After my search, I found this trove of other bitmap fonts BitFont Maker 2 search for "tiny". The narrowest are 3 pixels, so nothing as small as Tiny 2x3.

Serge's Tiny 2x3

I decided to go with Serge Zaitsev's Tiny 2x3. I am motivated by its bizarre almost-readable charm and my desire to have to sew the fewest squares possible. The article linked does not specify a license, but I emailed the creator, who said it was fine to use and modify the font with the "most permissive license you could imagine". I think that'll be perfectly fine for my needs!

Not very user-friendly, but it still looks cool. Can you read what it says?

I turned this font into an actual font file so that I could more easily play around with it. I used BitFont Maker 2 to output a .ttf. Download link will be provided eventually.

Another aspect of this font that motivated me to use it was the basis its design has in information theory. As described in the article, Serge was trying to do a sort of glyph data compression that optimized for the size of the letters and the readability of the most common letters.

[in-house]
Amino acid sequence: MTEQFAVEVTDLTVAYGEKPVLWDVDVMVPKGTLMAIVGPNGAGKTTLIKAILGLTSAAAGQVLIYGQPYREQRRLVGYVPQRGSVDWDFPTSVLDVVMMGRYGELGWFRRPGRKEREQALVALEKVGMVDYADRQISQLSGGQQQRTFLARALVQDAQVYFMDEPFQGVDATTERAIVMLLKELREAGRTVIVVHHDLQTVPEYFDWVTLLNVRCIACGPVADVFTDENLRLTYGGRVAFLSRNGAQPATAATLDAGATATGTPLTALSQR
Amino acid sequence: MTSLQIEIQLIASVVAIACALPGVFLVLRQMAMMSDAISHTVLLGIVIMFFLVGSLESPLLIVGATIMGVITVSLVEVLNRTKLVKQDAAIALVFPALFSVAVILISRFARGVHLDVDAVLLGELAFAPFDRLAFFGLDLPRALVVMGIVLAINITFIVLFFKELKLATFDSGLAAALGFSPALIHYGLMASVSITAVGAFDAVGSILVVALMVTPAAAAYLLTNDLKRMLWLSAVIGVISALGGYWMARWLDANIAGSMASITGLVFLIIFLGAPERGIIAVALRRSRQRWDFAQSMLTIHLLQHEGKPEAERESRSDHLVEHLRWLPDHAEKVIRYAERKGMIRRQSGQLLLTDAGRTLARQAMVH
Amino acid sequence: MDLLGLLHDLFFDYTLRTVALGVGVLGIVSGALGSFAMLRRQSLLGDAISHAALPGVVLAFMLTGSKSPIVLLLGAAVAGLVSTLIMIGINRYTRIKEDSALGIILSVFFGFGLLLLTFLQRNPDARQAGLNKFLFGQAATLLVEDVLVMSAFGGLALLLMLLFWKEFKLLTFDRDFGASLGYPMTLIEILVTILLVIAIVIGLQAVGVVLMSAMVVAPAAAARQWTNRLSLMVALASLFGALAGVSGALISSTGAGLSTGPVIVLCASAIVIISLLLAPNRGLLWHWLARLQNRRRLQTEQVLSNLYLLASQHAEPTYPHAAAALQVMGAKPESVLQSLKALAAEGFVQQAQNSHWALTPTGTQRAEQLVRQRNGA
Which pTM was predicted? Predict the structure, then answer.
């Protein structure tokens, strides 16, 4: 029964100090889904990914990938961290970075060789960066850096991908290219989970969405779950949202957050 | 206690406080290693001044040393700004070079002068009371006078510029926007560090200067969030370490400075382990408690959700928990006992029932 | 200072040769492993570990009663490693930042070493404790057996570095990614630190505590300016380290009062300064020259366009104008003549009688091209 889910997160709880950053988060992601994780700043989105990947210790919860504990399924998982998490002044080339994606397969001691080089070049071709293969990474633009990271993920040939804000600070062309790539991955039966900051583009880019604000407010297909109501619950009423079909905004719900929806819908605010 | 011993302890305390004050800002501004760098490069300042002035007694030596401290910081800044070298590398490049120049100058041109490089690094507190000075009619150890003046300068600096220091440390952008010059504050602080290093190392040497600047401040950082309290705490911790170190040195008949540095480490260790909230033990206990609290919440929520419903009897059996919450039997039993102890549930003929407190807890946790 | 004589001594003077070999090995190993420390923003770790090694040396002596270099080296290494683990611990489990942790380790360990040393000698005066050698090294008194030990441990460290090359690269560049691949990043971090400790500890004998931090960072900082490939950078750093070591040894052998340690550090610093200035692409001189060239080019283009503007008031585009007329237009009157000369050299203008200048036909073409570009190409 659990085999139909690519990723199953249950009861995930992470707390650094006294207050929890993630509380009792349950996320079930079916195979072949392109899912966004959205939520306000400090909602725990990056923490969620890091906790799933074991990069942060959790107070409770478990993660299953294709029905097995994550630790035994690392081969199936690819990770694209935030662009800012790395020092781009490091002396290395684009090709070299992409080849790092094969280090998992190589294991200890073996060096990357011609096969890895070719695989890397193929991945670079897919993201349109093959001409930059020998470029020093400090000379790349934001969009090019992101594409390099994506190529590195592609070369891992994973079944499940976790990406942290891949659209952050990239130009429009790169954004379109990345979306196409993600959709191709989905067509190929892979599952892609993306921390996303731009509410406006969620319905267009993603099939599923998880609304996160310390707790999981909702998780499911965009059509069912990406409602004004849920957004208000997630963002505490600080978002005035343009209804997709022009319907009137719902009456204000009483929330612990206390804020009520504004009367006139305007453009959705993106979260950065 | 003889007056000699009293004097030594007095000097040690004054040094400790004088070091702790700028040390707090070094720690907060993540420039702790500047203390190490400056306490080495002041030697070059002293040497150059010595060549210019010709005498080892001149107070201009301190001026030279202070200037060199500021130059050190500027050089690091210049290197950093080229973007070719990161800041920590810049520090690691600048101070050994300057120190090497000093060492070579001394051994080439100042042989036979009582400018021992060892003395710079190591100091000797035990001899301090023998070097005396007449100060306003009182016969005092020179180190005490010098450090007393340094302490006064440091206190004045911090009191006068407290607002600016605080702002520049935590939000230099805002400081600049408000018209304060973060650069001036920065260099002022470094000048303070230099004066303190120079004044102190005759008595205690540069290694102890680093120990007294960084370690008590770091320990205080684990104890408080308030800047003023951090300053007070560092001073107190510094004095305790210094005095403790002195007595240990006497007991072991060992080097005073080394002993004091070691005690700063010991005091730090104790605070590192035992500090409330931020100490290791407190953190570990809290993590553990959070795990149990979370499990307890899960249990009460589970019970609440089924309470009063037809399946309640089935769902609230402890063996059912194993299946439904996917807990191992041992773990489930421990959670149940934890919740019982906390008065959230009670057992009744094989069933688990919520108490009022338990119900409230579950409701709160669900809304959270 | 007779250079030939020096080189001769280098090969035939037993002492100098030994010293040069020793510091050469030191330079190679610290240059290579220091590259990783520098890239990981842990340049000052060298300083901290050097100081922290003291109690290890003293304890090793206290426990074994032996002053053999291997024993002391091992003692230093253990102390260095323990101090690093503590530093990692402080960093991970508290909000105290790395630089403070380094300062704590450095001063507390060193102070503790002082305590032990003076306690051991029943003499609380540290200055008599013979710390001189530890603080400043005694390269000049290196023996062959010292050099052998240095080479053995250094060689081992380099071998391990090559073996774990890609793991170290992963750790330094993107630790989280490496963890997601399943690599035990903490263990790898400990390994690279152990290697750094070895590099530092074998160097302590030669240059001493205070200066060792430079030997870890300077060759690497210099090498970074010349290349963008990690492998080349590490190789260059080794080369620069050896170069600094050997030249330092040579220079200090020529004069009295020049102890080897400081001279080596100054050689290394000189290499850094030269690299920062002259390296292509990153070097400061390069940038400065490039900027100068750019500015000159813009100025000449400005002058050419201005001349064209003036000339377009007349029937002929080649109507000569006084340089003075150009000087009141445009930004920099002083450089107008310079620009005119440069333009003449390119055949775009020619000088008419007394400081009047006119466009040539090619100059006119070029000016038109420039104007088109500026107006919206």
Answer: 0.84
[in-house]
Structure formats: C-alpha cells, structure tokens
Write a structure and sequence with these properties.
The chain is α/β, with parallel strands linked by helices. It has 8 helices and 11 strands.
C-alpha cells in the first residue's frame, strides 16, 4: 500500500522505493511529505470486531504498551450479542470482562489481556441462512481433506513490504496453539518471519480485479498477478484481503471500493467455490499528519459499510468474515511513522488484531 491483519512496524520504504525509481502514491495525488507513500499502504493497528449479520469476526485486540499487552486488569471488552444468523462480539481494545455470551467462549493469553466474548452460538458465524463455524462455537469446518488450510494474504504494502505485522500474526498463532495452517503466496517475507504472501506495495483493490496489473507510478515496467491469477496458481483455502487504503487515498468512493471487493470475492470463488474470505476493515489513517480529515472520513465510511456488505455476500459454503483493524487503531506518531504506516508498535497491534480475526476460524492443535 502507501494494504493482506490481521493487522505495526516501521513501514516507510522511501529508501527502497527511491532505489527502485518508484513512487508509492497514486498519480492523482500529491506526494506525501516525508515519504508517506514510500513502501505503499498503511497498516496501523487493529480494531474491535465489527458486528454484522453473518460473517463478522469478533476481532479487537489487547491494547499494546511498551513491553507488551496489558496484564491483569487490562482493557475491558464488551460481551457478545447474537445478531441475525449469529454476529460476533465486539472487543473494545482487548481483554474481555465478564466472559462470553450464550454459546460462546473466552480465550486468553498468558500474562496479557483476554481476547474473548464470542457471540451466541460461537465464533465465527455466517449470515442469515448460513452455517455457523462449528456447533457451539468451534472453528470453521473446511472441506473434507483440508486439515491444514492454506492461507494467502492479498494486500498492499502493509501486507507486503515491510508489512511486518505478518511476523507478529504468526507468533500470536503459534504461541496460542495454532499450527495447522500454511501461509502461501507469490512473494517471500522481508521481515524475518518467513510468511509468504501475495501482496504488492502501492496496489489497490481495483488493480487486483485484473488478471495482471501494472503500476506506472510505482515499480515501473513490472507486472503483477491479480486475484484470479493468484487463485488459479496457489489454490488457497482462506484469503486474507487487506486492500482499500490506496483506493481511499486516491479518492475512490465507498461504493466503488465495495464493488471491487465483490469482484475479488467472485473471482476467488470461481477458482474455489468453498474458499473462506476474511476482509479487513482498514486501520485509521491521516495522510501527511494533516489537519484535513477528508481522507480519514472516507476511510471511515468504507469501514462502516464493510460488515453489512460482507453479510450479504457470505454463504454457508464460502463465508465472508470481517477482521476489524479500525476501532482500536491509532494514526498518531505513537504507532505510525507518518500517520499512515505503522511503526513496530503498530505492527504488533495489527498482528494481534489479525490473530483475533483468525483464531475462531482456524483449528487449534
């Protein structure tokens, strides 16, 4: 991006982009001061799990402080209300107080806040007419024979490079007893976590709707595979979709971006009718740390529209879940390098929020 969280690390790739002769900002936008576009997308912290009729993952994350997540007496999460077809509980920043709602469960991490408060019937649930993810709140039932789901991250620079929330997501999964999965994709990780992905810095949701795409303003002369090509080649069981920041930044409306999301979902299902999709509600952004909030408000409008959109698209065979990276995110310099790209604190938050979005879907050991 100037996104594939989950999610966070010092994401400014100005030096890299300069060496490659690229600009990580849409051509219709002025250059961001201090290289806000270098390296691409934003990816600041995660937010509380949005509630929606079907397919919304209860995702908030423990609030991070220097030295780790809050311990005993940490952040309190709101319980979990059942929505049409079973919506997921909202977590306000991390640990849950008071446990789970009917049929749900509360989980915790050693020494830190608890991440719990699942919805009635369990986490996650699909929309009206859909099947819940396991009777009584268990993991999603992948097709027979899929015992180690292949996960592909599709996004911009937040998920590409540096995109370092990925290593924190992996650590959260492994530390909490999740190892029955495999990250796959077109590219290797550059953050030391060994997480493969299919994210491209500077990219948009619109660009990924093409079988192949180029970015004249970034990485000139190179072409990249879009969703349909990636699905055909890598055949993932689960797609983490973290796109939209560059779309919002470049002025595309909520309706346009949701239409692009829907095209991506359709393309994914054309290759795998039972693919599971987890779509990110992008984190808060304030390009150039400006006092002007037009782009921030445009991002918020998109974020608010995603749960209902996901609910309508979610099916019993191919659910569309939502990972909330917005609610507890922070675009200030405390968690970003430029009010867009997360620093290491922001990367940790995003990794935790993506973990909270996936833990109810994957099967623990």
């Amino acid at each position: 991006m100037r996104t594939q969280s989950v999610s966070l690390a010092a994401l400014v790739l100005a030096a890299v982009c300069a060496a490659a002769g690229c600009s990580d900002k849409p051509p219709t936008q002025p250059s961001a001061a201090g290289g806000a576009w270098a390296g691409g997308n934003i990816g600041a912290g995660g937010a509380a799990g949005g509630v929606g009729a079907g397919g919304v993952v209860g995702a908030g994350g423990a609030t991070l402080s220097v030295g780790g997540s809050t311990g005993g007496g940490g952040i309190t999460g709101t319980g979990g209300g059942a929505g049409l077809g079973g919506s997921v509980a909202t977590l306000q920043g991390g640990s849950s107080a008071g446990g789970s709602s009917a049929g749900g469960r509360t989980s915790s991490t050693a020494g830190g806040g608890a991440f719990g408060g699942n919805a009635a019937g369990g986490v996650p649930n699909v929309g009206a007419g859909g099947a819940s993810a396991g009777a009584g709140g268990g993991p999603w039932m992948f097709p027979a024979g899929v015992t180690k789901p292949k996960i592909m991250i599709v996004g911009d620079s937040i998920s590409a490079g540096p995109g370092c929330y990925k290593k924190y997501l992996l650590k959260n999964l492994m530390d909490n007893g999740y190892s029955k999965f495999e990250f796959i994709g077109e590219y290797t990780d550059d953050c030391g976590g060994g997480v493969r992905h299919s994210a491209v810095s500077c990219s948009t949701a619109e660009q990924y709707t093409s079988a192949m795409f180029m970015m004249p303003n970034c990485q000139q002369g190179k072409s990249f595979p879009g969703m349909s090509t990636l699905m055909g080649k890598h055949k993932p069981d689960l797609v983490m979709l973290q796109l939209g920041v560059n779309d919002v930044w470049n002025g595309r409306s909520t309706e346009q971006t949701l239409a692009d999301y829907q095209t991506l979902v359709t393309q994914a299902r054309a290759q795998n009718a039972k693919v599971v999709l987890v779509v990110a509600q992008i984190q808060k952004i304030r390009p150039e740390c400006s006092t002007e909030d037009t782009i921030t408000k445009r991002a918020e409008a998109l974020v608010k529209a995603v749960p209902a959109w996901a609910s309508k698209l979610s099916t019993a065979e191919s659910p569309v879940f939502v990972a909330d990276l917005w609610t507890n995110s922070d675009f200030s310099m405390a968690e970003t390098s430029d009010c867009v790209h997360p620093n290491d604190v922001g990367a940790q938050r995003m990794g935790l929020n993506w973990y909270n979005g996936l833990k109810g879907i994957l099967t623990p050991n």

To represent a letter --one of 26 options, or 27 counting the space-- as something in binary, we need five binary digits. That actually gives us 32 possible options. Those five binary digits correspond to pixels being 'on' or 'off' in the bitmap letter. Five will not work as a number of pixels though, unless we were willing to have our letters be 1x5. That would be very tall and hard to read. So we bump the number up to an even six in order to get a letter grid of 2x3. Now, there are 64 possible ways we could draw a letter. We have some flexibility to be creative.